mailInbound marketing, or being found, has certainly become the way of marketing promotion these days because let’s face it, broadcasting or outbound marketing doesn’t work, right?

Well, done poorly -as most outbound marketing is, nothing works. If you take your time and create personalized campaigns that not only get the attention of the right prospects, but also offers value in exchange, then outbound marketing can be a very effective component of your overall tactical plan.

The secret to making an advertising or direct mail campaign work these days is to think small, think personal, think value, think follow-up. If you can’t plan and implement each of these steps then your campaign success will be limited.

Small – create the smallest, most information-rich list you can -even if you have to build it yourself from resources at a local library. This way you know that every name on your list belongs to the right association, reads the right magazines or has the right demographic profile.

Personal – When you do your research you might think to include personal details in a mailing that were acquired by a little bit of social media research. Look, getting noticed these days takes work and depending upon the type of client and potential you may be better off writing five hand written letters with specific details than mailing truckloads of generic stuff.

Value – Advertising works when you combine it with a call to action that has value for the reader. Use the web to offer free content, free evaluations, free trials, and access to special events and you’ll start the process of building trust before you try to sell something.

Follow-up – Small batch outbound marketing works best when combined with a personal follow-up mechanism. In your letter tell the reader you are going to call and ask permission to send them or provide them with something of value, and then do it.

I’ve written numerous times about something I call Lumpy Mail. Sending small batches of mail with a packaged item or trinket that helps get your message across is a great way to combine all of the above elements.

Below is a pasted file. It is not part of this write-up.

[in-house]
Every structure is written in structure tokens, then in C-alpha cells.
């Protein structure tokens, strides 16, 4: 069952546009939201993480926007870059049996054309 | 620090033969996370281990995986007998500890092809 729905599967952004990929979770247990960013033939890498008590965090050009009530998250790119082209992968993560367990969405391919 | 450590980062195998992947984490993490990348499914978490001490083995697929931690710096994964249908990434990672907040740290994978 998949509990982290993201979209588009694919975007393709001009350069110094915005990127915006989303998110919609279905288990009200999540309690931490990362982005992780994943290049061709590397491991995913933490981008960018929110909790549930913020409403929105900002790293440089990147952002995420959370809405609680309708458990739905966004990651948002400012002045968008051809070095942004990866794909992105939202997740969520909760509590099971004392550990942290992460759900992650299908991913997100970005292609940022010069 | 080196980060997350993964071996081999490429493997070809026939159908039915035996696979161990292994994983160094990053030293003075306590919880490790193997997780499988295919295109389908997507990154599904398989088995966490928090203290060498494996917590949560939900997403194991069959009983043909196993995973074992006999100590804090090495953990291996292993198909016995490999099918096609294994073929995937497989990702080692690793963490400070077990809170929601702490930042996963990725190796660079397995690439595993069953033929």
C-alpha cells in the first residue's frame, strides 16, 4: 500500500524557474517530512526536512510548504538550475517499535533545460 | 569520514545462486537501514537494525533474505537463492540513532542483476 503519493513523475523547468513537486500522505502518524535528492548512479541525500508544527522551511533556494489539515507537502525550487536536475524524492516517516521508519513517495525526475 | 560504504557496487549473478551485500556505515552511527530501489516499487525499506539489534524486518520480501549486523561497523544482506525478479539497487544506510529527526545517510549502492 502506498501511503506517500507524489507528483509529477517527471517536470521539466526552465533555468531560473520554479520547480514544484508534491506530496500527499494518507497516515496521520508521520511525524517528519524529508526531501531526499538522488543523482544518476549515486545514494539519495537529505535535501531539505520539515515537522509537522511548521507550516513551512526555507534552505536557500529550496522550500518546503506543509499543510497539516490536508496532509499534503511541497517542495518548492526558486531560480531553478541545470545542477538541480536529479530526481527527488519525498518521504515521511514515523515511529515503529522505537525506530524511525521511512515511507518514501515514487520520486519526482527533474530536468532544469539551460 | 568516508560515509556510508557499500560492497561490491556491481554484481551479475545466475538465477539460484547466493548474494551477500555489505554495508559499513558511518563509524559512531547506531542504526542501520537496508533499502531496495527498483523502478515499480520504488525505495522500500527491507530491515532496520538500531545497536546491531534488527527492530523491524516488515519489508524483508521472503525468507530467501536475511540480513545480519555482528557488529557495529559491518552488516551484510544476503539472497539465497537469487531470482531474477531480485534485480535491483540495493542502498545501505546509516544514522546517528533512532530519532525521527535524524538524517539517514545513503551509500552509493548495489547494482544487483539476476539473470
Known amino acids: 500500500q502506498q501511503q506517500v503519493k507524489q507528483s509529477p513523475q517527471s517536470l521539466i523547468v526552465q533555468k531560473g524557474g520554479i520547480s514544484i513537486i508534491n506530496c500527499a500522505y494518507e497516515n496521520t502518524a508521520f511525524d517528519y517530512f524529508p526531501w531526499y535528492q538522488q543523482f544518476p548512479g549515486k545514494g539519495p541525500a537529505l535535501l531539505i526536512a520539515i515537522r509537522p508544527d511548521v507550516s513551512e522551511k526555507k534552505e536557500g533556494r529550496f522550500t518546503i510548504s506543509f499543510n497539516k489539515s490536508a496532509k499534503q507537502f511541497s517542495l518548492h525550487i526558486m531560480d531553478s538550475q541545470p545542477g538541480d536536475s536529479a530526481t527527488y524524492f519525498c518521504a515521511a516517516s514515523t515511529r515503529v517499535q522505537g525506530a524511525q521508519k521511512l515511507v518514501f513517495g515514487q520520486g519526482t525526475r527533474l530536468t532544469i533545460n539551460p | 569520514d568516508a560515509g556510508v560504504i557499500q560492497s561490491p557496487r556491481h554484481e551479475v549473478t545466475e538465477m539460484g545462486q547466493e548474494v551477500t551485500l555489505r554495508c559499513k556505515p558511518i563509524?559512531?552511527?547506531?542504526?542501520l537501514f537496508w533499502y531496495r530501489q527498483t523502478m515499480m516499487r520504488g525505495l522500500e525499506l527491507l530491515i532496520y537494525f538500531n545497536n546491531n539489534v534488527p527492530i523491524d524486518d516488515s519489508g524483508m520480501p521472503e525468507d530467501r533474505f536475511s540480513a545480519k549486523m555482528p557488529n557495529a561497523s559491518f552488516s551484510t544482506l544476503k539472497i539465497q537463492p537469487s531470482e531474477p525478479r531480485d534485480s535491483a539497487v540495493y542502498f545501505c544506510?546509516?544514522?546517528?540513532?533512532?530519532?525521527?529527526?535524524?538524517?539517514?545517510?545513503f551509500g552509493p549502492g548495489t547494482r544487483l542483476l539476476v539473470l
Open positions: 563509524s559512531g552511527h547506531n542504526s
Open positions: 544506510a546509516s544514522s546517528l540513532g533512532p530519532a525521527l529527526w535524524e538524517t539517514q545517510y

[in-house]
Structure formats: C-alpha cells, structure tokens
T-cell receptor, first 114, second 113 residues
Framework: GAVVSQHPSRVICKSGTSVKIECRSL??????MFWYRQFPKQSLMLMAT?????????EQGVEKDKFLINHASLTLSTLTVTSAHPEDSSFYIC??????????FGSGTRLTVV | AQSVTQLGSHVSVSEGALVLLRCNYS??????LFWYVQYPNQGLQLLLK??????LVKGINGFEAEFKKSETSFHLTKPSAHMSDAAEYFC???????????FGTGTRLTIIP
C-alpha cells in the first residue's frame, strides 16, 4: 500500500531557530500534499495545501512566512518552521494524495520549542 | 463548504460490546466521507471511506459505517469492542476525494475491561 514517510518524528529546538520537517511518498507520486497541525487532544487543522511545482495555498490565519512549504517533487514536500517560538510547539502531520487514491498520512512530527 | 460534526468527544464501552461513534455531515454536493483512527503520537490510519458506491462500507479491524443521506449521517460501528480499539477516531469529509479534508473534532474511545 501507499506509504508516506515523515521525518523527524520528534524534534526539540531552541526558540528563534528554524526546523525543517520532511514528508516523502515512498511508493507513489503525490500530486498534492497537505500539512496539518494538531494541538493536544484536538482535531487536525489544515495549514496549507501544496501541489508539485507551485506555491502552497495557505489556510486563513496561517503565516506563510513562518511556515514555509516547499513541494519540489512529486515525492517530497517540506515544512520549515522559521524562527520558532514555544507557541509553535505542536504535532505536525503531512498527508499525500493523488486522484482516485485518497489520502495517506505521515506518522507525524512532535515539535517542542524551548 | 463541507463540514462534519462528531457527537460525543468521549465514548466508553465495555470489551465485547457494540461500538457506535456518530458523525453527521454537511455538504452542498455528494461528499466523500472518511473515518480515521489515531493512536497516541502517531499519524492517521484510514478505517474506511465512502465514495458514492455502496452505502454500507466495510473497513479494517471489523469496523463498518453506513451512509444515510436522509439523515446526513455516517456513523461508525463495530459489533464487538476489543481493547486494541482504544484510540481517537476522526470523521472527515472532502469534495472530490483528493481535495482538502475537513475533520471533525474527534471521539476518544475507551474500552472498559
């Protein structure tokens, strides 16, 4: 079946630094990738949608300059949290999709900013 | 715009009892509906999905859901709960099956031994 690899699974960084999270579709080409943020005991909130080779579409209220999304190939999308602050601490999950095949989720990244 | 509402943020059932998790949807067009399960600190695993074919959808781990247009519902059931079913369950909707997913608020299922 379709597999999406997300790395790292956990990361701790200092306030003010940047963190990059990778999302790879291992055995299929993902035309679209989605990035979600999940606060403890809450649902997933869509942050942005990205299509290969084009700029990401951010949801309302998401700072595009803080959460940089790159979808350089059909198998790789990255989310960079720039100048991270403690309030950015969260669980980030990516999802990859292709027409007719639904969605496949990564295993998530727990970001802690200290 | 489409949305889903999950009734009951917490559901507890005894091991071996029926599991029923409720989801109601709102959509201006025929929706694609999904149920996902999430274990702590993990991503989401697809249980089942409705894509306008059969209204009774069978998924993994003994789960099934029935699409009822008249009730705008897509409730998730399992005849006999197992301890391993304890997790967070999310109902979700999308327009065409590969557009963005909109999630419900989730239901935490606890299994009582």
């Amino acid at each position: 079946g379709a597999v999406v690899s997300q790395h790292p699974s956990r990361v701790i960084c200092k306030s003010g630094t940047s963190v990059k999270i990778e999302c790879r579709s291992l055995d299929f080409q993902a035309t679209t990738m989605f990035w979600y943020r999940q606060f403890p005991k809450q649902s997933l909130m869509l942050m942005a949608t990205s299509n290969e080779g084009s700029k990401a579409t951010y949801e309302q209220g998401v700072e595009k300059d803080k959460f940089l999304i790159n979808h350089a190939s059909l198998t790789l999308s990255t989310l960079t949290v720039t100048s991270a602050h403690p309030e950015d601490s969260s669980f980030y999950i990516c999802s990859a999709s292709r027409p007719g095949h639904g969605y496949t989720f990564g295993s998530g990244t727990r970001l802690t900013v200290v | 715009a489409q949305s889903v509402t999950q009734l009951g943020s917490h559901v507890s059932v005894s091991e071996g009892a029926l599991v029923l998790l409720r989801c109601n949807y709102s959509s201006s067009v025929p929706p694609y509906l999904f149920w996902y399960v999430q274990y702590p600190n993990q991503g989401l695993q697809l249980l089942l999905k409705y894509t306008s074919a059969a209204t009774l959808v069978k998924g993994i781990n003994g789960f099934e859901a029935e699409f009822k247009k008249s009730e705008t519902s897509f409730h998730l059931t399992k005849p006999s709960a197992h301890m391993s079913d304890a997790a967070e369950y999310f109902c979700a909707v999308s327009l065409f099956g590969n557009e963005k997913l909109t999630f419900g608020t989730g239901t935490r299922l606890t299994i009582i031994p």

The thing about adding this kind of outbound marketing to the mix is that while it comes with a cost, it also offers a great deal of control. It’s hard to know when your inbound marketing is going to kick in or when a journalist is going to profile your business, but with a small batch outbound marketing approach running at all times you know exactly when and how a prospect is going to receive your message.

With all the chatter about inbound marketing and social media it’s easy to overlook some of ways to round out your entire plan with some good old fashioned hand to hand direct mail.

One of my Duct Tape Marketing Consultants provided a case study this week for a campaign she conducted for her own business.

  • She built a list of 150 chiropractors in her area from a state board list
  • Sent a personal letter to each citing various things she noted about their web sites
  • Followed-up by phone and booked 18 appointments
  • From those appointments, 5 became clients

Total cost of the program was about 2 days of time and $100 – Revenue generated from the approach is initially in excess of $100,000 and lifetime value, significantly more.

Image credit: chidorian

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John Jantsch

John Jantsch is a marketing consultant, speaker and author of Duct Tape Marketing, Duct Tape Selling, The Commitment Engine and The Referral Engine and the founder of the Duct Tape Marketing Consultant Network.
  • This is awesome information. The opportunities for success still exist in virtually every market, but it takes smarter marketing than ever before!

    • Yes I think the prospects keep get smarter about ways to block out messages too 🙂

  • Great article, I have found Direct Marketing to be an under utilised form of marketing. It is cost effective and can bring excellent results.

  • Excellent John.

    I find people rush to dismiss direct mail and lead generation advertising when it can still offer great potential to take control and hit your target prospects straight between their eyes.